Phil Wilkinson in flying form on the race's first day. Photo: Guillem Casanova

Phil Wilkinson in flying form on the race's first day. Photo: Guillem Casanova

The man in charge of the gruelling Berghaus Dragon’s Back Race has admitted some of his decisions have not been popular with some competitors in the race.

The demands of the race continued to take their toll on the field and more runners were timed out or retired through injury during the day, organisers said.

Shane Ohly, director of the five-day race down the spine of Wales, said some runners found his pronouncements hard to accept.

He was speaking at the end of the second day of the race, which saw previous winner Jim Mann still at the head of the leaderboard and Sabrina Verjee in first place in the women’s category.

Mr Ohly said: “Today has been tough for the team. We have had to make some hard decisions and some competitors have found those really difficult to accept.

“As race director, I always have to think about the integrity and credibility of the race. We have rules and it’s essential that we apply those consistently and with parity. This doesn’t always tally with what our runners want from their experience at the Berghaus Dragon’s Back Race, but we have to take this approach.

“This means that some competitors have been agonisingly timed out or disqualified for major rule infractions. We always give them the chance to explain their position, but remain consistent in our application of the rules, and that doesn’t always go down well with those affected.

“What kind of business kicks out its customers? Well, this one has to sometimes, or it won’t survive in the long term. It’s been that kind of day.”

Jim Mann at the finishing line at the end of day one. Photo: Guillem Casanova

Jim Mann at the finishing line at the end of day one. Photo: Guillem Casanova

Organisers also recognised that the event takes place in a ‘bubble’, with participants intent on completing the demanding course and the race team engrossed in ensuring things run as smoothly as possible, yet the news of the Manchester Arena atrocity had permeated through.

A spokesperson said: “The often remote terrain and poor connectivity mean that those involved in the event are a little removed from the world ‘outside’. However, some news does penetrate that bubble, so competitors and the race team shared the horror of everyone else when word of events in Manchester emerged overnight.”

Competitors arrived at the Vanner Farm campsite yesterday evening after crossing the Moelwyn and Rhinog hills, with 170 runners still in the race. On the first day they had traversed the Carneddau, Glyderau and Snowdon massif, including Crib Goch ridge.

At the end of day two, they had covered 110km (68 miles) and completed 7,400m (24,280ft) of ascent.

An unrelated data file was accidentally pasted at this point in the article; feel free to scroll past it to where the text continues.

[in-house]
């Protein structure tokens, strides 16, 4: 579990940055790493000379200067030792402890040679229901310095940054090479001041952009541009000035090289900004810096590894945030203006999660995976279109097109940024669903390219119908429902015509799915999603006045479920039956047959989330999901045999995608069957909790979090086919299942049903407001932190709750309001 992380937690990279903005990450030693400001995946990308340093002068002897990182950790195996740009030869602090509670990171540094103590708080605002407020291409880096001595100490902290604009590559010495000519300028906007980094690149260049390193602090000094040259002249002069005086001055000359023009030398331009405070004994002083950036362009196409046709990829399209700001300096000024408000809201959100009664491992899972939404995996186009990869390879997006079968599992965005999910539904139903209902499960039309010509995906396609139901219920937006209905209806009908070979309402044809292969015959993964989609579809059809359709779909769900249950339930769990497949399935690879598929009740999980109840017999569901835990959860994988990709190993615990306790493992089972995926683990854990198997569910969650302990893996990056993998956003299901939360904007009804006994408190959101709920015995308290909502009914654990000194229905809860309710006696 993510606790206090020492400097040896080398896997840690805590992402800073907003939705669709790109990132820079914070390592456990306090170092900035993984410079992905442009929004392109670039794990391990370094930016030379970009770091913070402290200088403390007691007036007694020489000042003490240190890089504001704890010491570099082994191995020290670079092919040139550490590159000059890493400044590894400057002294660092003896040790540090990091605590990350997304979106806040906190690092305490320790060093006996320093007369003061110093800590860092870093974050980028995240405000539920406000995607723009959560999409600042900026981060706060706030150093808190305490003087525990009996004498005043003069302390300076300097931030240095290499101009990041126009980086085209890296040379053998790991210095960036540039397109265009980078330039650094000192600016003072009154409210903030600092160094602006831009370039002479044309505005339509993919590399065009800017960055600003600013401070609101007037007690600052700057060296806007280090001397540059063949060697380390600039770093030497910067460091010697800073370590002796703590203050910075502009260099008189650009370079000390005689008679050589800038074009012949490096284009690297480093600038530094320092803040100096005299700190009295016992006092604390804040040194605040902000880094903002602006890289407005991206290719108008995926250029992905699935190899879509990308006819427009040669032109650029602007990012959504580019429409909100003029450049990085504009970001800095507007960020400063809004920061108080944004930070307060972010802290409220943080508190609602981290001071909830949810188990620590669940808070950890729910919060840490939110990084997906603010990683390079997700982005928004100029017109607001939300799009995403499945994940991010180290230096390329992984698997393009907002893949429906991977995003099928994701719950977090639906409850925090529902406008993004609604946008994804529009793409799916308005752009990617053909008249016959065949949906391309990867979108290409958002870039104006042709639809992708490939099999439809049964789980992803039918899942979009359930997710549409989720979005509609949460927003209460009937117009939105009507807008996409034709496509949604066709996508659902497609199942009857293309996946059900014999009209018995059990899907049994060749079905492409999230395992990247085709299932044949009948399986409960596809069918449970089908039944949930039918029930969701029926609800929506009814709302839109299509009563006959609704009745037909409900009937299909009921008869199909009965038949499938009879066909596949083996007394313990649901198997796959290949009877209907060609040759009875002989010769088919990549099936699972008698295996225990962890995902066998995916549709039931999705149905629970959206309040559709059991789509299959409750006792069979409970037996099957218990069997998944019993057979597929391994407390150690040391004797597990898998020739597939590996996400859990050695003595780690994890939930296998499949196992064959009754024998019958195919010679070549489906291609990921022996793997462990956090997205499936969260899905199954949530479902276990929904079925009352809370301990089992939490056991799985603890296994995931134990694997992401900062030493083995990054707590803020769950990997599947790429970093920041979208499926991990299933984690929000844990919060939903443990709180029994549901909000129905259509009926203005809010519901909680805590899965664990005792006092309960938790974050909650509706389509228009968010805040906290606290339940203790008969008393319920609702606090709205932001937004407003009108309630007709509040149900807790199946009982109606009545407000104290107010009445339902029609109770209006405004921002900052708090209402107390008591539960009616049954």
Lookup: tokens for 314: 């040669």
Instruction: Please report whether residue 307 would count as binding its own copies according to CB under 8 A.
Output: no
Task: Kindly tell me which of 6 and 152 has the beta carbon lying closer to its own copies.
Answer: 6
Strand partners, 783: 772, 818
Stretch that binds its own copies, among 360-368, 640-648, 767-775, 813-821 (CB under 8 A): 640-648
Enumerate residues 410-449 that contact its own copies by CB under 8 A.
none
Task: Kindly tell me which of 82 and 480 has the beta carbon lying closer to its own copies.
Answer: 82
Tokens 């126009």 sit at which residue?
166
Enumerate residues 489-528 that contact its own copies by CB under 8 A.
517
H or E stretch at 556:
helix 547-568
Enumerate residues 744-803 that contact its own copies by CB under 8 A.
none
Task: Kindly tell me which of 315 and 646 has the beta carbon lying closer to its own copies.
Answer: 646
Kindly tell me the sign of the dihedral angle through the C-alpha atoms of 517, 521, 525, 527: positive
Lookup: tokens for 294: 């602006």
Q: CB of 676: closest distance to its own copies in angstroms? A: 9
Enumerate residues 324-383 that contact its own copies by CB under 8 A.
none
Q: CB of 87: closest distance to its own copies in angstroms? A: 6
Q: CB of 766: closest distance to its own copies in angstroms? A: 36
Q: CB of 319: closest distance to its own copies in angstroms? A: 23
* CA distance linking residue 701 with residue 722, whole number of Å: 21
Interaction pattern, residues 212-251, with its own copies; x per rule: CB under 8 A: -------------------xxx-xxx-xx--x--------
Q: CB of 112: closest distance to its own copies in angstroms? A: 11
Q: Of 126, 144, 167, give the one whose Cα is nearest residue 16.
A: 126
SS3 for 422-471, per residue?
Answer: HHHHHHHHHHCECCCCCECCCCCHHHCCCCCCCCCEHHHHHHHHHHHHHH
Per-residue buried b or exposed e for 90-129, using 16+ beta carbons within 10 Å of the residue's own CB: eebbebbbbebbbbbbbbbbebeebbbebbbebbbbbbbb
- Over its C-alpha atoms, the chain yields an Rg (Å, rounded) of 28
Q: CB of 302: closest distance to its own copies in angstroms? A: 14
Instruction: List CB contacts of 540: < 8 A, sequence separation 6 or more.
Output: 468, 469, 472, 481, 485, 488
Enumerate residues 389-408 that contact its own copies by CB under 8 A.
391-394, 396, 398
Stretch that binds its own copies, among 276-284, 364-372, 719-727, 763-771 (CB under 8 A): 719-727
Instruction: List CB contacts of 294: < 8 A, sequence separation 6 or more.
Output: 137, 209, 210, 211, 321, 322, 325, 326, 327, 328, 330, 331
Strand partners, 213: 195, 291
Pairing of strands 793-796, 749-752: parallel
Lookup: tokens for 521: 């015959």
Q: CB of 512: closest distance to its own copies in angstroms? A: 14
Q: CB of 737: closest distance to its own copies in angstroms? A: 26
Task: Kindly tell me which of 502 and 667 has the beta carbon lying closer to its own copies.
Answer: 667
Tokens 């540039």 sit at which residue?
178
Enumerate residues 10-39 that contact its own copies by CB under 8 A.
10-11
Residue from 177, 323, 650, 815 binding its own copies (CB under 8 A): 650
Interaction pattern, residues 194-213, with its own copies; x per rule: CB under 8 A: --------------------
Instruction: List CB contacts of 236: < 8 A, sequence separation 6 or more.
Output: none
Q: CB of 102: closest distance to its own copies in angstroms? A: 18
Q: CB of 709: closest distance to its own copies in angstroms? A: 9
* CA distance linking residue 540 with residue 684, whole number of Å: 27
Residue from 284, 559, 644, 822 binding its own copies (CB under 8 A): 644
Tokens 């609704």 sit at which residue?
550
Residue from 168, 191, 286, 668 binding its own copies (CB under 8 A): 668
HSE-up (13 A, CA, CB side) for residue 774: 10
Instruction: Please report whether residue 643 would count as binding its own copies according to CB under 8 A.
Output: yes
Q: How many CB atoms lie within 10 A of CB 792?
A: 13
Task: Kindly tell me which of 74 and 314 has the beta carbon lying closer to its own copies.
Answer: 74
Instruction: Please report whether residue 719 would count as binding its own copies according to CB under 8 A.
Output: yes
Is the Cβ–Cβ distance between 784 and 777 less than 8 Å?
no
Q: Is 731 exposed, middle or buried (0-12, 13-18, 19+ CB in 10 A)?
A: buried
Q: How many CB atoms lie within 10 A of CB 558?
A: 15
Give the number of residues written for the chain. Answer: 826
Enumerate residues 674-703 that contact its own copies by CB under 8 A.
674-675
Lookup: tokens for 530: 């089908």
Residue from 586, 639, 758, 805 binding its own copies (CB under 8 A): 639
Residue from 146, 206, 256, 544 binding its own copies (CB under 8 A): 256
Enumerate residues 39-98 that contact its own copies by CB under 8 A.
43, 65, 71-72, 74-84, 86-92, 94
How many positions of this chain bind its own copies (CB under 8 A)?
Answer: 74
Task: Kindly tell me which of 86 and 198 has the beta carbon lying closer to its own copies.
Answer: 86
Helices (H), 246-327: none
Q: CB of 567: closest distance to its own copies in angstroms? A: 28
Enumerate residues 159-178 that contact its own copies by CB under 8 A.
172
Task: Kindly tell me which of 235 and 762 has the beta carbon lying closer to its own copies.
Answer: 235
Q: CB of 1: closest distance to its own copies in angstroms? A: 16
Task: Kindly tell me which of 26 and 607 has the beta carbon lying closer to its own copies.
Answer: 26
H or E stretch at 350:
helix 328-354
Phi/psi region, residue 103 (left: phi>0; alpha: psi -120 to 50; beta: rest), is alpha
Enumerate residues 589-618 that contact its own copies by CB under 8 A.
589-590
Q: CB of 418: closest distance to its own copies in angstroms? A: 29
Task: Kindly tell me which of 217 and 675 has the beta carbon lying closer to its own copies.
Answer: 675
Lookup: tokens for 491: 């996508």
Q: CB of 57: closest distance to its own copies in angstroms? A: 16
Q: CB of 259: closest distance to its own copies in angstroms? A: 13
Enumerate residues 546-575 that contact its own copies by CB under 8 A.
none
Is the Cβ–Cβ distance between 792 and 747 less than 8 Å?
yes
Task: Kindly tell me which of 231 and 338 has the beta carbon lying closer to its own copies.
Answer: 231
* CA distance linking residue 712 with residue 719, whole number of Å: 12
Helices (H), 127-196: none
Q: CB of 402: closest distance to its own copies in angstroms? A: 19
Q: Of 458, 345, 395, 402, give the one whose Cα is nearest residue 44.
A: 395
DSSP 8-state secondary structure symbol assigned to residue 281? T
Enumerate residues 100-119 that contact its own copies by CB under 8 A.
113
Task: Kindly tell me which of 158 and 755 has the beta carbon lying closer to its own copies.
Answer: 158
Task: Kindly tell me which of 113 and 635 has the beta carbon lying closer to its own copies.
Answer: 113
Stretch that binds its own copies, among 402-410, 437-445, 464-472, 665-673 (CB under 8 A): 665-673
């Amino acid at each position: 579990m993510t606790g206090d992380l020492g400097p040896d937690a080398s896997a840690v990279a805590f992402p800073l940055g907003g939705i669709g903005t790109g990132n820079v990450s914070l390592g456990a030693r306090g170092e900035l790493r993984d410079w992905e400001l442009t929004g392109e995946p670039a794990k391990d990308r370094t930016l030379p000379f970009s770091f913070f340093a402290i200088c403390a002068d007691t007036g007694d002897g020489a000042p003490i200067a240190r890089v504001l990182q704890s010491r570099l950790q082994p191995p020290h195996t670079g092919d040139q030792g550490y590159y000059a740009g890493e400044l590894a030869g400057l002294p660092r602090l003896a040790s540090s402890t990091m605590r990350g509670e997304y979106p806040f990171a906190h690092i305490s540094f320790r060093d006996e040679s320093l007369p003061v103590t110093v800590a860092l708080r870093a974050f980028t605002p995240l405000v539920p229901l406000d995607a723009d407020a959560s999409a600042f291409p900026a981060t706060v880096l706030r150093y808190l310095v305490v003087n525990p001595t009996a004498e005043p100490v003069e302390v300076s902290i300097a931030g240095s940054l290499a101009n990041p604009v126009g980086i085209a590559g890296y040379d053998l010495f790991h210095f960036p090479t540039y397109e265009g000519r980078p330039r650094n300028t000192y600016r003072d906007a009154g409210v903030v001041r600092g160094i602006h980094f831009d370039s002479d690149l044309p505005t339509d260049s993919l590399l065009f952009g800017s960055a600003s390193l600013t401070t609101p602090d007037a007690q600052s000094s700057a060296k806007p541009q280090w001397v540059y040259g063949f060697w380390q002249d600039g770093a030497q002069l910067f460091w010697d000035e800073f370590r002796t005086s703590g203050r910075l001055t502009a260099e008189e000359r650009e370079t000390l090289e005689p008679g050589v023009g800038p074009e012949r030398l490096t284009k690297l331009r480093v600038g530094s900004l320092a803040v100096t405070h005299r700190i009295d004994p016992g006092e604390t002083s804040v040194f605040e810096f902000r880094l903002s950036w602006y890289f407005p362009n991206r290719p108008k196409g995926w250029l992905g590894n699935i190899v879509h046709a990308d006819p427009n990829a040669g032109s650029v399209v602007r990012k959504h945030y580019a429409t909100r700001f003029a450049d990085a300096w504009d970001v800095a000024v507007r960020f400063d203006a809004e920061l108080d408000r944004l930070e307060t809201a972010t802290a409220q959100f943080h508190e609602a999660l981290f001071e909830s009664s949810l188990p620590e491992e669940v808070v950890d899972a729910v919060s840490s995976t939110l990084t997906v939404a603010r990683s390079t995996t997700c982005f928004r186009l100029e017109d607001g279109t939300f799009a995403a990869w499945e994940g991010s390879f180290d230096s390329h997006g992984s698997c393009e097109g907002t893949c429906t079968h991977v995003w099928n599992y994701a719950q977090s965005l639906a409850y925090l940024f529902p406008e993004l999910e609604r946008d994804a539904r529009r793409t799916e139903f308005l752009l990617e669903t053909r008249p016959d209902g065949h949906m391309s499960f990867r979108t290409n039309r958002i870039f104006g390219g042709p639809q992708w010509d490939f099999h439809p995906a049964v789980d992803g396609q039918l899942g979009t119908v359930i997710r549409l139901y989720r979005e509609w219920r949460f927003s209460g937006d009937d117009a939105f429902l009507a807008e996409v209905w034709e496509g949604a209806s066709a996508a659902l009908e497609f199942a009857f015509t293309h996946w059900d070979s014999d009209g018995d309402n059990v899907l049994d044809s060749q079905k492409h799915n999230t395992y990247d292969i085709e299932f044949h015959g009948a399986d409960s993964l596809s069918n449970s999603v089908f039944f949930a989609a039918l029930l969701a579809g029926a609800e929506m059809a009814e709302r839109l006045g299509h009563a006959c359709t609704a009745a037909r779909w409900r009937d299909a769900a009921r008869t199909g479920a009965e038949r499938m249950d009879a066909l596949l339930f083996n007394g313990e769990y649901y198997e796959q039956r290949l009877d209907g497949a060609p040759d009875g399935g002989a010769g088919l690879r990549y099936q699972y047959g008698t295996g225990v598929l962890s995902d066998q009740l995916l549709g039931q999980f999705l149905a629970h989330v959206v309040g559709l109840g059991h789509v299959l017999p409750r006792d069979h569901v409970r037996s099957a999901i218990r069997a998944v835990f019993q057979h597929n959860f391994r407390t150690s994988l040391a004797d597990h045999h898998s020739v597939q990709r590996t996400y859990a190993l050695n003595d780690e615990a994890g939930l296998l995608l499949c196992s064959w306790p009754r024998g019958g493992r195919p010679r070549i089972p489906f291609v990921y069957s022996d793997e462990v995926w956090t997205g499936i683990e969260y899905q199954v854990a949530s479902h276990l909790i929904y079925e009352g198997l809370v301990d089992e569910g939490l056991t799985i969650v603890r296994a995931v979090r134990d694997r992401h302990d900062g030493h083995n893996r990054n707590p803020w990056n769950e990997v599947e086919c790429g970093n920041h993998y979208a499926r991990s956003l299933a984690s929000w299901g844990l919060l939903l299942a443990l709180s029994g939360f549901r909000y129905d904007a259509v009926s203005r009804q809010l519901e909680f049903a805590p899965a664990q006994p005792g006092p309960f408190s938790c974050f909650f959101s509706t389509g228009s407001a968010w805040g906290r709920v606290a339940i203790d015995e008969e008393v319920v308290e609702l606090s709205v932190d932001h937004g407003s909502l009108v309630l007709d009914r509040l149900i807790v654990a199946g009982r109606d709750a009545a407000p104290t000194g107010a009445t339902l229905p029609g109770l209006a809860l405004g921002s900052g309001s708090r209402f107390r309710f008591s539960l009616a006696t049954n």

Jim Mann built on his advantage during day two of the Berghaus Dragon’s Back Race, completing the 58km route across the Moelwynion and Rhinogydd in a time of 7hrs 52mins. The defending champion set off last at 9am and in the course of the day passed everyone except Marcus Scotney, who just managed to finish ahead of him.

Scotney started earlier and so still lost 23 minutes to the leader on the day but wasn’t disappointed with the outcome. “I know Jim is so much faster than me over the rougher terrain,” he said, “so today was really about surviving the Rhinogs and reducing my losses.

“The plan worked and when the ground was runnable I was going really well so I hope in the later stages of the race to be able pull time back. There are still three days to go.”

Third on the day was Jez Bragg who was pleased to gain some time on Neil Talbott. Talbott was still in third overall but Bragg is hopeful he can challenge him for the podium. “I don’t know Neil,” he said, “but was glad to pull a little back on him today and hope I might be able to squeeze onto the podium – we could have a good battle.”

Sarbrina Verjee traverses Crib Goch on the first day. Photo: Ian Corless

Sarbrina Verjee traverses Crib Goch on the first day. Photo: Ian Corless

Fastest in the women’s race on Tuesday was Caroline McIlroy in a time of 10hrs 14mins 43secs, the 14th fastest time of the day. The British runner has lived in Newfoundland for many years, where she says there is no terrain really suitable for training for this race close to her home. However, she did still have the advantage of familiarity on the day’s leg.

“When I was growing up we had a family cottage in the area,” she said, “and we often walked over Cnicht, the Moelwyns and the Rhinogs, so today was all very much like home ground to me.” On time she was just ahead of women’s race leader Sabrina Verjee, who completed the 2015 race in 14th place overall.

Verjee still leads by 26 minutes, but McIlroy is now second ahead of Carol Morgan, by just 35 seconds, with a close race is developing between the three.

Joe Faulkner completed another solid day and is still on course to be the only person to complete all four Dragon’s Back Races since the event was founded in 1992. Radio and TV presenter Vassos Alexander is also still in the race, but said after the first half the day: “I’ve been found out. Mountains one, Greek sports presenter nil.”

The public can follow the progress of the race with live tracking via the Berghaus website.

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